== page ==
Some banks are using mobile technology to answer a big challenge from regulators: how to offer consumers outside the mainstream more products and services.

One bank in a poverty stricken section of the Mississippi Delta, surrounded by check cashers on nearly every corner, is figuring out how to serve the underbanked with a combination of state-of-the-art technology and personal service, yet it complains that regulatory constraints and reams of disclosures get in the way. Others, like BBVA Compass, are just starting to design mobile apps for the underprivileged.

About 8% of U.S. households are unbanked and another 20% are underbanked, according to the Federal Deposit Insurance Corp., which will publish a report this fall about expanding access to the banking system. Underbanked consumers, as the agency defines the category, have a bank account but also rely on alternative financial services outside of the banking system like check cashers and payday lenders.

"People who are doing this don't get the same consumer protections that you get in the banking system and don't always have the same opportunities to build assets and credit histories as you would in a banking relationship," said Susan Burhouse, senior consumer researcher for the FDIC's division of depositor and consumer protection, who spoke at the American Banker's Financial Services Marketing & Innovation Symposium last week. "In addition, having people outside of the system can undermine confidence in the banking system itself."

The FDIC sees mobile banking as a primary way to serve the less-banked, but believes the current crop of mobile banking apps are not always "economic-inclusion friendly," as Burhouse puts it.

The FDIC's forthcoming research finds that about 33% of unbanked households and 65% percent of underbanked households have smartphones.

Underbanked consumers are adopting mobile banking at high rates. About 42% of underbanked households have used mobile financial services in the past year compared with just over a third of fully banked households. One in three underbanked households say their mobile phone is primary way they interact with their bank (versus 22% of fully banked mobile banking users).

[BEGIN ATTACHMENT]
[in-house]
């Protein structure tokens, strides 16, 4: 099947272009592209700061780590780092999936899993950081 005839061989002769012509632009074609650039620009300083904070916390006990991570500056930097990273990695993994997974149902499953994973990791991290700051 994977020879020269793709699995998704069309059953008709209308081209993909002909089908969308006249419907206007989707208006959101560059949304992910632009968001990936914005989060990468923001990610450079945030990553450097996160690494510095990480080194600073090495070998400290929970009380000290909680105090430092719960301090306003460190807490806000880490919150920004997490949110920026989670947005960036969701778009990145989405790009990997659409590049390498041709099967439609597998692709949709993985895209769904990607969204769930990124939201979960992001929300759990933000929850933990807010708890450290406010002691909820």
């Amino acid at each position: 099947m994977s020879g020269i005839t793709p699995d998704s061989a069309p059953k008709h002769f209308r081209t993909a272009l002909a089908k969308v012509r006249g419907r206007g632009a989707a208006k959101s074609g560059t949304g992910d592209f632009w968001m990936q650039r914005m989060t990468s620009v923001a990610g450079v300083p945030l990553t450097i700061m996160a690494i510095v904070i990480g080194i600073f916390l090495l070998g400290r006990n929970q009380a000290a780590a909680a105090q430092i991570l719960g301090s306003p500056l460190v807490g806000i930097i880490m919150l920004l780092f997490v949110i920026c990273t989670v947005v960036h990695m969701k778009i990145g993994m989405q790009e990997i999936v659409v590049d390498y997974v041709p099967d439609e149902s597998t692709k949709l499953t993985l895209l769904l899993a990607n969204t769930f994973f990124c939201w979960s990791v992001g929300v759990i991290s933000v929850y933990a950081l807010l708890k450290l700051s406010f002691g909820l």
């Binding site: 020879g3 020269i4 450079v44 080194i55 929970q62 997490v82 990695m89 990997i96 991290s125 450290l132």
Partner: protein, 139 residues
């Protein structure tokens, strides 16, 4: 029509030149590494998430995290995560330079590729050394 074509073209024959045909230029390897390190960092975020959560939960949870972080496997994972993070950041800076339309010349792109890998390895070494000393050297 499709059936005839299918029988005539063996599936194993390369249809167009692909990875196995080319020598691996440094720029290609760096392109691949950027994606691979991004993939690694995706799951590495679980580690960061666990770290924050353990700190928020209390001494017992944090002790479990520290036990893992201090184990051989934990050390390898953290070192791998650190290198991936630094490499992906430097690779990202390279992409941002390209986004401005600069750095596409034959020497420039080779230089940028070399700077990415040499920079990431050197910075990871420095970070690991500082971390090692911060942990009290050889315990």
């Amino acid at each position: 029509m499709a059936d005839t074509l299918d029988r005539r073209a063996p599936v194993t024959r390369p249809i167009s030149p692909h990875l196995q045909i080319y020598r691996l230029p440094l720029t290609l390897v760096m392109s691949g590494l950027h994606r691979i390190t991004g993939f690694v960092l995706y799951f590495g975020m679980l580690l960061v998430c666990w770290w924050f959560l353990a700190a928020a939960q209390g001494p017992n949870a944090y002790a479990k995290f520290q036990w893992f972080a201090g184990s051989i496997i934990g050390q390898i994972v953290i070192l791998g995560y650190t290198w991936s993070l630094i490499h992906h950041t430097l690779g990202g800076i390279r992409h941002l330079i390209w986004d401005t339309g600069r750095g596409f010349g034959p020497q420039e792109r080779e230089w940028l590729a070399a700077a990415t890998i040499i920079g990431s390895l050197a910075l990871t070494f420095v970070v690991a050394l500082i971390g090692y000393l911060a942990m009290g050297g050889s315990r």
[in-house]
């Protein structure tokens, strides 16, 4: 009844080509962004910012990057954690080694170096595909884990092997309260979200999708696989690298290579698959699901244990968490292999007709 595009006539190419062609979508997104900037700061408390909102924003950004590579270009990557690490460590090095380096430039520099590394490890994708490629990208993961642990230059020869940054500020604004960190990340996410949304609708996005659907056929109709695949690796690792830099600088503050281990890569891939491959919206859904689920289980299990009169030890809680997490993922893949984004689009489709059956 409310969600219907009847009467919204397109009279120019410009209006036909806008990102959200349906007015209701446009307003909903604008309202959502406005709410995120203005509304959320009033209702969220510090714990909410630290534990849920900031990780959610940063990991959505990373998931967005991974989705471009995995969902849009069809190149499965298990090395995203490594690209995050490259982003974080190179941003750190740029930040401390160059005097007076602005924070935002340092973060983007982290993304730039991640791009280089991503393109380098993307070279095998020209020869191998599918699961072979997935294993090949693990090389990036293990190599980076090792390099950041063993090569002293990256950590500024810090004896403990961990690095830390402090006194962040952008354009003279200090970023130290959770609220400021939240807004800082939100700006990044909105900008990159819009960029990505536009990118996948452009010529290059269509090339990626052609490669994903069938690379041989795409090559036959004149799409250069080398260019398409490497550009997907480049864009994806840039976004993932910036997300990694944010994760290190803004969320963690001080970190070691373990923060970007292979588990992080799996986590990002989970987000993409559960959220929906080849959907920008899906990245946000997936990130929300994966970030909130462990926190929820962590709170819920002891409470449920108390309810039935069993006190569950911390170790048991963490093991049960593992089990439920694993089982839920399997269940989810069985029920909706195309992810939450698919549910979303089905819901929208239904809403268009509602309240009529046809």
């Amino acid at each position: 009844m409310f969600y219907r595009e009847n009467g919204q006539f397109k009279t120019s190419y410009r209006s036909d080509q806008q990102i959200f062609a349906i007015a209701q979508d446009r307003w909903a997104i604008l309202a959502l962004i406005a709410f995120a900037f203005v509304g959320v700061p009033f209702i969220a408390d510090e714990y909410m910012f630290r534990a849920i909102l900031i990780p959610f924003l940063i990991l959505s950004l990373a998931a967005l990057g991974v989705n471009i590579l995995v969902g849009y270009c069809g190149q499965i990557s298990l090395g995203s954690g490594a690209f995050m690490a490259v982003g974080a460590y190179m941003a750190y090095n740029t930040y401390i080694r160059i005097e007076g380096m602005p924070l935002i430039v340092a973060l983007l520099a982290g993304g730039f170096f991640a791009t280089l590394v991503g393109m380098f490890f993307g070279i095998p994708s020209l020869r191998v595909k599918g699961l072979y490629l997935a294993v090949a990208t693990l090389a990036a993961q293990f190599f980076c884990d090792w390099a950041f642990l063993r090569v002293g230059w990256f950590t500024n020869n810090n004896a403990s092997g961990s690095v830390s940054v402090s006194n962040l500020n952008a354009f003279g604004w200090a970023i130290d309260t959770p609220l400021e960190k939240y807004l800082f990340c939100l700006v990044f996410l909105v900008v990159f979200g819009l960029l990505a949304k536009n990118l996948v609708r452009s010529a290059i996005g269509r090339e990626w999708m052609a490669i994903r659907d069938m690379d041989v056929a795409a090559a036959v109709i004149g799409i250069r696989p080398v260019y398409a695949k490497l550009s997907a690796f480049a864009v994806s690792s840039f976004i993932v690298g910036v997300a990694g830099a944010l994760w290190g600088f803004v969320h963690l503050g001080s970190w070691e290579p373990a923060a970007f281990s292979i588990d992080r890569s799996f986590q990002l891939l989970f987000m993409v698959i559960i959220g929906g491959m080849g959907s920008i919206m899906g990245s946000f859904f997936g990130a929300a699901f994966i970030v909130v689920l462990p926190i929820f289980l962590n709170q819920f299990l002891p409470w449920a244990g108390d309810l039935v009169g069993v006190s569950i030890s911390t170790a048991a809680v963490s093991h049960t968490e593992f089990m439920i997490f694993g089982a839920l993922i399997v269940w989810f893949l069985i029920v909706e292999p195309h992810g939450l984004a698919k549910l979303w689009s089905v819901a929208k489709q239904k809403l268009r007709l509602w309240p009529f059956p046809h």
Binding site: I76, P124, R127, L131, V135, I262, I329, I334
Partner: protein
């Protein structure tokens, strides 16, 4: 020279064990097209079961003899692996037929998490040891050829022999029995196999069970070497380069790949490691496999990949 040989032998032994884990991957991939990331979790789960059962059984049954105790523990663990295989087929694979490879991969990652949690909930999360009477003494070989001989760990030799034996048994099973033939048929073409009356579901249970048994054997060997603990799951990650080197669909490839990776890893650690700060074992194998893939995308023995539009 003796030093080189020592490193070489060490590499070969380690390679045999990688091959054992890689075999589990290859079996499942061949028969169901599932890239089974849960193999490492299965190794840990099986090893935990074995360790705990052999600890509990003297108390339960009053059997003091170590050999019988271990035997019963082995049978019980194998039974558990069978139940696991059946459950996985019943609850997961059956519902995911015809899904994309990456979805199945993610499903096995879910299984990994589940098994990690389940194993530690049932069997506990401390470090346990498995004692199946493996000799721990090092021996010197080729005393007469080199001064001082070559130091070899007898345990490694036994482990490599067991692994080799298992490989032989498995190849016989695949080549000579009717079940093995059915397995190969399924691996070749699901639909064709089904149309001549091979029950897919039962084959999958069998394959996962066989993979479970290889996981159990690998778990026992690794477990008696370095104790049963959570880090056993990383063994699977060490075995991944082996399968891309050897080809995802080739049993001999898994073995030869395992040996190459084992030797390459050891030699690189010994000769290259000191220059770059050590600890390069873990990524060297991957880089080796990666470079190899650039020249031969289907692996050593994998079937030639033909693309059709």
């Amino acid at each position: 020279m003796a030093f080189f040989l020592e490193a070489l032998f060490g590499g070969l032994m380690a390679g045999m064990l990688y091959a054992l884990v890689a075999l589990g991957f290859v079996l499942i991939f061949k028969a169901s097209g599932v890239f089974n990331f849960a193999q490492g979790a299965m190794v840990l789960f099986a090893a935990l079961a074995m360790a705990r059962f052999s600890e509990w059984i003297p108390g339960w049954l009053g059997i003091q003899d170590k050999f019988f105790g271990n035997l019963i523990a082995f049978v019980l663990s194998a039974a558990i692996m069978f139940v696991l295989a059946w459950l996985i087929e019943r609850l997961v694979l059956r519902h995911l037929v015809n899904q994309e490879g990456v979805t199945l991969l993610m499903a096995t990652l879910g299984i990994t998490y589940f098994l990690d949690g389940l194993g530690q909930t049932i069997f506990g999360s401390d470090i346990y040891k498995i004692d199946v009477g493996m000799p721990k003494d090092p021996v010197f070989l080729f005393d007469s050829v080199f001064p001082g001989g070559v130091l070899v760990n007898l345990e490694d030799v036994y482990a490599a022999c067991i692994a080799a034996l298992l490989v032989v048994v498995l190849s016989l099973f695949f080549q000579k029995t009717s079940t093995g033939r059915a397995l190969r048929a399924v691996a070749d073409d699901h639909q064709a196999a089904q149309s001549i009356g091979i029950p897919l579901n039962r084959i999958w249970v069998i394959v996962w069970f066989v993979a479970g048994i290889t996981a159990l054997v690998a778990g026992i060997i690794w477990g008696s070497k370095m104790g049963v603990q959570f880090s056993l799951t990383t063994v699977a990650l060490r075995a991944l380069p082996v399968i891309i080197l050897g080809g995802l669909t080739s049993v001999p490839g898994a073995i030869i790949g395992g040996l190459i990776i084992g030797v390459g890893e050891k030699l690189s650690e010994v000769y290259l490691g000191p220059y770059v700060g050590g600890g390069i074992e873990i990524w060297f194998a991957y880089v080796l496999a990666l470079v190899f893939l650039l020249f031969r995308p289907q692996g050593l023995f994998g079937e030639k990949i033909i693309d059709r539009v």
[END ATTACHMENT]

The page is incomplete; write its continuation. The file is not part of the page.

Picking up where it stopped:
Burhouse acknowledges that mobile banking will not solve every problem of the underbanked.

"There are people who are unbanked because they feel they don't have enough money, or they don't have the identifications to open accounts," she said. "Those challenges will persist whether you're using mobile or any other channel. But we see how fast smartphone ownership is rising among the underbanked and we think there's room for mobile financial services to play a role."

Mobile account opening, for instance — letting the customer set up an account directly from a mobile device rather than a desktop computer — could be a game changer in improving access for underbanked consumers who in many cases don't have a computer at home, Burhouse suggests.

Another mobile banking feature that could be useful to the underbanked, she says, is personal financial management tools that provide consumers with personalized, timely advice to help them reach their financial goals.

Mobile banking needs to be combined with other financial services channels and legacy payment systems as well as some form of human interaction, said Matt Homer, who until recently was a policy analyst in the same FDIC division Burhouse works for. For instance, underbanked people might need a traditional payment mechanism to pay a landlord who insists on getting cash, money order or check.

Mobile banking for the underserved also needs to provide convenience and speed, Homer said. "If I deposit a check today and also need to pay someone today, will I have access to those funds?" he said. "If it takes two days, that's a problem for me if I don't have a large enough financial buffer."

Real-time or near-real-time alerts are also important to this segment of the population, he said.

"We know there are alerts but they're not always in real time," he pointed out. "If I receive an alert today that says that I dropped below my balance threshold yesterday, that may not be real helpful to me." Users ought to be able to create alerts directly from a mobile device, without requiring access to a computer, he noted.

Several banks are testing different apps, financial planning services and speedy payment methods to respond to the recommendations of policymakers.